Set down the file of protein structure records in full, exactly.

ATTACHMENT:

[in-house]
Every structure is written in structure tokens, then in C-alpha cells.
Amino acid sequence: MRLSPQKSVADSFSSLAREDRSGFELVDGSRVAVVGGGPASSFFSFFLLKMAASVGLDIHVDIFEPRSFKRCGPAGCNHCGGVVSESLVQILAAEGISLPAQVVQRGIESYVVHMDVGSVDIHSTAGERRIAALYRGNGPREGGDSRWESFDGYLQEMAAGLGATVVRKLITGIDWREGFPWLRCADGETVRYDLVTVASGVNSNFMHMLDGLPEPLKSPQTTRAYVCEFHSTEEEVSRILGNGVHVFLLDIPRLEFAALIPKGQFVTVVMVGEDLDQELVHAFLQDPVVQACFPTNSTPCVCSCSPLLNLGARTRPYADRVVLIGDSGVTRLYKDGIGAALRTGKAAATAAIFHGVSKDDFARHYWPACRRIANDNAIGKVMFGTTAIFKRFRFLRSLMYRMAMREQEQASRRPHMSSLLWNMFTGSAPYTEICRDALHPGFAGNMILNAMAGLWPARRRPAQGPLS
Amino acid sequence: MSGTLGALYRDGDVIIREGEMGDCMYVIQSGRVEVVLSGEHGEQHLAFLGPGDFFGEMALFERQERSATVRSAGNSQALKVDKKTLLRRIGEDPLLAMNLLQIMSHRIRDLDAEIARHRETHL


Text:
[in-house]
Every structure is written in structure tokens, then in C-alpha cells.
Amino acid sequence: MRLSPQKSVADSFSSLAREDRSGFELVDGSRVAVVGGGPASSFFSFFLLKMAASVGLDIHVDIFEPRSFKRCGPAGCNHCGGVVSESLVQILAAEGISLPAQVVQRGIESYVVHMDVGSVDIHSTAGERRIAALYRGNGPREGGDSRWESFDGYLQEMAAGLGATVVRKLITGIDWREGFPWLRCADGETVRYDLVTVASGVNSNFMHMLDGLPEPLKSPQTTRAYVCEFHSTEEEVSRILGNGVHVFLLDIPRLEFAALIPKGQFVTVVMVGEDLDQELVHAFLQDPVVQACFPTNSTPCVCSCSPLLNLGARTRPYADRVVLIGDSGVTRLYKDGIGAALRTGKAAATAAIFHGVSKDDFARHYWPACRRIANDNAIGKVMFGTTAIFKRFRFLRSLMYRMAMREQEQASRRPHMSSLLWNMFTGSAPYTEICRDALHPGFAGNMILNAMAGLWPARRRPAQGPLS
Amino acid sequence: MSGTLGALYRDGDVIIREGEMGDCMYVIQSGRVEVVLSGEHGEQHLAFLGPGDFFGEMALFERQERSATVRSAGNSQALKVDKKTLLRRIGEDPLLAMNLLQIMSHRIRDLDAEIARHRETHL